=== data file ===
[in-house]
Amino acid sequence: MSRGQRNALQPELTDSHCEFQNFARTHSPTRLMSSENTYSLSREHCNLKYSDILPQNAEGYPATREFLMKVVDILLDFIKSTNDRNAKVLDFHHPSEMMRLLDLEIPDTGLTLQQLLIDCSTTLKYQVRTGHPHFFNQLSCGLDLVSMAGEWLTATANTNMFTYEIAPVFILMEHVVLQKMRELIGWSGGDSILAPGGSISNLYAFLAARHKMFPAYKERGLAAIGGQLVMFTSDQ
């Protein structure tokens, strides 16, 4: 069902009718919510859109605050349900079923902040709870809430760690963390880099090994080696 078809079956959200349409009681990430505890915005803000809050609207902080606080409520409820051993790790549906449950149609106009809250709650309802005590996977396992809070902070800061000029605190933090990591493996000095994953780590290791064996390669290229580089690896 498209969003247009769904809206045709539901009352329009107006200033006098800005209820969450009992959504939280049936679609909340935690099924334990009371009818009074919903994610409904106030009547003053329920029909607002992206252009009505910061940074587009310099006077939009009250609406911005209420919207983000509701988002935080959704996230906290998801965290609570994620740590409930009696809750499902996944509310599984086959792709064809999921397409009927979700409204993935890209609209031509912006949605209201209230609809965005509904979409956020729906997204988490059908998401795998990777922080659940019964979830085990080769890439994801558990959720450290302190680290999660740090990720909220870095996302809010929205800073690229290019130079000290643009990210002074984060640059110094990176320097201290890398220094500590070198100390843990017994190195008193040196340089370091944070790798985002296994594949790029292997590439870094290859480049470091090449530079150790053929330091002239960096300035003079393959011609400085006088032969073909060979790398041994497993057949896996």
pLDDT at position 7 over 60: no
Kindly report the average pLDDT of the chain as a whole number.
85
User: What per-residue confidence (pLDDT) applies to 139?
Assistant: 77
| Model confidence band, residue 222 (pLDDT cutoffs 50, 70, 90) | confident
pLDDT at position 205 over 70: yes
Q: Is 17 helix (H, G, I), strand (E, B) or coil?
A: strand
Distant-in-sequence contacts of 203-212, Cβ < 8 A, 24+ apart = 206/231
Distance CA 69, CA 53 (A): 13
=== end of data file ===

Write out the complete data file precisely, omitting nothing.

[in-house]
Amino acid sequence: MSRGQRNALQPELTDSHCEFQNFARTHSPTRLMSSENTYSLSREHCNLKYSDILPQNAEGYPATREFLMKVVDILLDFIKSTNDRNAKVLDFHHPSEMMRLLDLEIPDTGLTLQQLLIDCSTTLKYQVRTGHPHFFNQLSCGLDLVSMAGEWLTATANTNMFTYEIAPVFILMEHVVLQKMRELIGWSGGDSILAPGGSISNLYAFLAARHKMFPAYKERGLAAIGGQLVMFTSDQ
């Protein structure tokens, strides 16, 4: 069902009718919510859109605050349900079923902040709870809430760690963390880099090994080696 078809079956959200349409009681990430505890915005803000809050609207902080606080409520409820051993790790549906449950149609106009809250709650309802005590996977396992809070902070800061000029605190933090990591493996000095994953780590290791064996390669290229580089690896 498209969003247009769904809206045709539901009352329009107006200033006098800005209820969450009992959504939280049936679609909340935690099924334990009371009818009074919903994610409904106030009547003053329920029909607002992206252009009505910061940074587009310099006077939009009250609406911005209420919207983000509701988002935080959704996230906290998801965290609570994620740590409930009696809750499902996944509310599984086959792709064809999921397409009927979700409204993935890209609209031509912006949605209201209230609809965005509904979409956020729906997204988490059908998401795998990777922080659940019964979830085990080769890439994801558990959720450290302190680290999660740090990720909220870095996302809010929205800073690229290019130079000290643009990210002074984060640059110094990176320097201290890398220094500590070198100390843990017994190195008193040196340089370091944070790798985002296994594949790029292997590439870094290859480049470091090449530079150790053929330091002239960096300035003079393959011609400085006088032969073909060979790398041994497993057949896996």
pLDDT at position 7 over 60: no
Kindly report the average pLDDT of the chain as a whole number.
85
User: What per-residue confidence (pLDDT) applies to 139?
Assistant: 77
| Model confidence band, residue 222 (pLDDT cutoffs 50, 70, 90) | confident
pLDDT at position 205 over 70: yes
Q: Is 17 helix (H, G, I), strand (E, B) or coil?
A: strand
Distant-in-sequence contacts of 203-212, Cβ < 8 A, 24+ apart = 206/231
Distance CA 69, CA 53 (A): 13